The company has upgraded its connection to CSX and has plans to build a rail spur from the plant to Winchester & Western railroad's track west of U.S. 11, Biel has said.
Clinker, typically made from limestone, is ground and then mixed with a little gypsum to produce cement. The first batch of clinker was produced by the new kiln on Oct. 29, 2009, but plant engineer Matt Becker said testing and analysis of the new operations continues.
Upgrades to the plant include an enclosed limestone storage dome, cement/concrete laboratories, a five-stage preheater-precalciner, kiln, clinker storage silo, two vertical finish mills, a control room/administration building and a new customer entrance via New York Avenue.
The dome, along with a new conveyor system that is completely enclosed have been key components to reducing dust, and Barbesta said the community, particularly a nearby car wash business, has noticed the difference. Access roads at the 849-acre plant site also have been paved, Barbesta said.
With the plant's conversion from a wet to a high-tech dry production process, the company said it invested in more than 23,000 hours of advanced training programs and safety enhancements. Production switched from three kiln lines to one and the old kiln lines are now being removed, Barbesta said.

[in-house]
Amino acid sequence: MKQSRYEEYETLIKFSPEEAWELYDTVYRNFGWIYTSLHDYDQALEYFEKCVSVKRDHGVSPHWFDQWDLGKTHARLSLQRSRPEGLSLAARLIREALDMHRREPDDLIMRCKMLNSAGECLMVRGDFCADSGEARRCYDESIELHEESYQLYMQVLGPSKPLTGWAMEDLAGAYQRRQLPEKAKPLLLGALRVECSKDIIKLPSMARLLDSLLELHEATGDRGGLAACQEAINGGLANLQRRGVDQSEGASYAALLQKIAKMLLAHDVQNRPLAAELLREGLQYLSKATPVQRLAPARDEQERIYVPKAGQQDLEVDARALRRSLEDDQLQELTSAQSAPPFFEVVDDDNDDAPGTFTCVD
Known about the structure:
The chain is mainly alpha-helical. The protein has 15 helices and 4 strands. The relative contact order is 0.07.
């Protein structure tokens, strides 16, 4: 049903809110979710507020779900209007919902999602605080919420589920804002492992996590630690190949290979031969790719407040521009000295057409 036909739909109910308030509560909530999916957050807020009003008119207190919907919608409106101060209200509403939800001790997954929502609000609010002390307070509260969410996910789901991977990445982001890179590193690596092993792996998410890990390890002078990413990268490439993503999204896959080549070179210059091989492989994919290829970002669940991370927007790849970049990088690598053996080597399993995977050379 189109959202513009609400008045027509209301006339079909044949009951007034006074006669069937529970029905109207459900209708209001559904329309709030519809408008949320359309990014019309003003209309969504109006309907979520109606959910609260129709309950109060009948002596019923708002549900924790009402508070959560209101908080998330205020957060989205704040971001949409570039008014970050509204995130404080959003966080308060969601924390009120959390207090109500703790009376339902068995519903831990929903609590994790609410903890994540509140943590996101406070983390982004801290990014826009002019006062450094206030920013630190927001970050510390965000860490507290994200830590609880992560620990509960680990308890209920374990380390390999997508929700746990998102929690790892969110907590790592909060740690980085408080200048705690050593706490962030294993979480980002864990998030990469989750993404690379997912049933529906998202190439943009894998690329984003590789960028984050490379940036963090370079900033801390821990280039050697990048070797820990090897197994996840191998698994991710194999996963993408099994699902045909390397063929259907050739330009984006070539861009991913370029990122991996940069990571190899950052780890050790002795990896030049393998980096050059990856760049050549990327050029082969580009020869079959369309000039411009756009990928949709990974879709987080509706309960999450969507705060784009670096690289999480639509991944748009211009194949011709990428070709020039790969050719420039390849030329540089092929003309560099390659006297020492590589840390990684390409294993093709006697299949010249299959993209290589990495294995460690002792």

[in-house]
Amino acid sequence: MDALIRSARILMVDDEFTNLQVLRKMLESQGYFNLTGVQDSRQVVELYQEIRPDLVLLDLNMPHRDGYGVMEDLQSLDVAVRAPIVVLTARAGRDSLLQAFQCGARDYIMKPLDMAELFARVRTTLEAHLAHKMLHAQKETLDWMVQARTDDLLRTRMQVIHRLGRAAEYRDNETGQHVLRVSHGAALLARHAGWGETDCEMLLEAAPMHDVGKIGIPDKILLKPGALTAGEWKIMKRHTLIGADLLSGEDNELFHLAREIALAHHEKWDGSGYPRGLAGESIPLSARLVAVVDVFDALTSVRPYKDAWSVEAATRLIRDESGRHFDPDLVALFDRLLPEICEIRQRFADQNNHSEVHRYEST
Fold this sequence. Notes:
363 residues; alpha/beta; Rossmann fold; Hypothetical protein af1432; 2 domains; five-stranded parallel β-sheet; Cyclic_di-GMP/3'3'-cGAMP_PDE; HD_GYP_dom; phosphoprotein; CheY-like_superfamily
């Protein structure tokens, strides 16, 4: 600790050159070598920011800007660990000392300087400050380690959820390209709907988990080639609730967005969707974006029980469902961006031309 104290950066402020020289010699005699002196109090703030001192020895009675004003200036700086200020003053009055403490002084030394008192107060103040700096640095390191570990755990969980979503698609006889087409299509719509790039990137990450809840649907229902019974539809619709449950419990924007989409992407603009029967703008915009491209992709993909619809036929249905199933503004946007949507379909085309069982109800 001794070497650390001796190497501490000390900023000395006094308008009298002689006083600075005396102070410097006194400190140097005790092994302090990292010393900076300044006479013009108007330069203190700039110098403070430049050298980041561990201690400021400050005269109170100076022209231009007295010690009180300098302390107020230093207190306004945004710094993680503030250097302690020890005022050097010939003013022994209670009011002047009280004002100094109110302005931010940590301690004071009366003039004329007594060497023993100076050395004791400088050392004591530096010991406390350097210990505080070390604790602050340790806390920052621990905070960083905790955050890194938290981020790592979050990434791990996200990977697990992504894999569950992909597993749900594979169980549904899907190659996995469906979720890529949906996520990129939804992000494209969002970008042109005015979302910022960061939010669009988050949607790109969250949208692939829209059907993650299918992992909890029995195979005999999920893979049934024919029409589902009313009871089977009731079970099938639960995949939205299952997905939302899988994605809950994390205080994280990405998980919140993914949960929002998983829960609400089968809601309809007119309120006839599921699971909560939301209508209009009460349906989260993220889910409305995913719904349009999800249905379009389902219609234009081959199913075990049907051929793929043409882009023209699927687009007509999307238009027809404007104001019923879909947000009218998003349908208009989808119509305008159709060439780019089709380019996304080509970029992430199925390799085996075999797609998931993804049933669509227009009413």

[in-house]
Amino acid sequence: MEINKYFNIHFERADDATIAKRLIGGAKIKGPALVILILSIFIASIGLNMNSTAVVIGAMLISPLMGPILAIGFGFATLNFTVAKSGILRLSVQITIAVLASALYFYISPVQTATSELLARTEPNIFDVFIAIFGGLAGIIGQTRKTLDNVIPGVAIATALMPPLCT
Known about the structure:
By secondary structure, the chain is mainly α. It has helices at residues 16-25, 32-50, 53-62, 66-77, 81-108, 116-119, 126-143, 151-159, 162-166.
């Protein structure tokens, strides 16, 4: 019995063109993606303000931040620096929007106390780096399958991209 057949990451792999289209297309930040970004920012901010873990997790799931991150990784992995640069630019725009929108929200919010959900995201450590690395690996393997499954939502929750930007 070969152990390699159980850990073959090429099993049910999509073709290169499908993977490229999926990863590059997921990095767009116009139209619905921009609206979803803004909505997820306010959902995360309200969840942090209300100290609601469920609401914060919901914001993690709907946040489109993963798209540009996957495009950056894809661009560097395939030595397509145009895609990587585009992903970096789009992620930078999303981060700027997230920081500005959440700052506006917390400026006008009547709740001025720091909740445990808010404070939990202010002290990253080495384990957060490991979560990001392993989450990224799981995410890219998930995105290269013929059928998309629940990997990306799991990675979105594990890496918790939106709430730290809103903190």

With the upgrades, the capacity of clinker production was increased to 5,500 metric tons per day, according to the company's profile of "The New Line" at Martinsburg. Previous production was less than 2,500 tons per day.
A new bridge to carry the rail spur over U.S. 11 is expected to "more than adequately" meet bridge clearance standards, Gary W. Scott, chief of West Virginia Department of Transportation's Railroads and Utilities Unit, said Wednesday. The state has received preliminary plans for the project and Scott said "there shouldn't be any hurdles."
Biel said Essroc looked at the "chaos" they could have created by only upgrading their existing rail connection to CSX along South Queen Street and decided to pursue a second rail connection with Winchester & Western.
"CSX gave us a proposal to enlarge their service through the city, and in their proposal the community would not have been happy," Biel said.
The grade of the CSX spur would have to be changed if it were to alone handle the increased volume, Biel said.
"Because it would have been expansion through their houses and their yards, and we viewed that as not being good for community relations," Biel said.
The new spur to Winchester & Western will be built on land that Essroc has already purchased, Biel said.
The two rail connections together will enable distribution of products in a 500-mile radius, Biel said.
"There's not enough business here to sustain us, it's not possible," Biel said.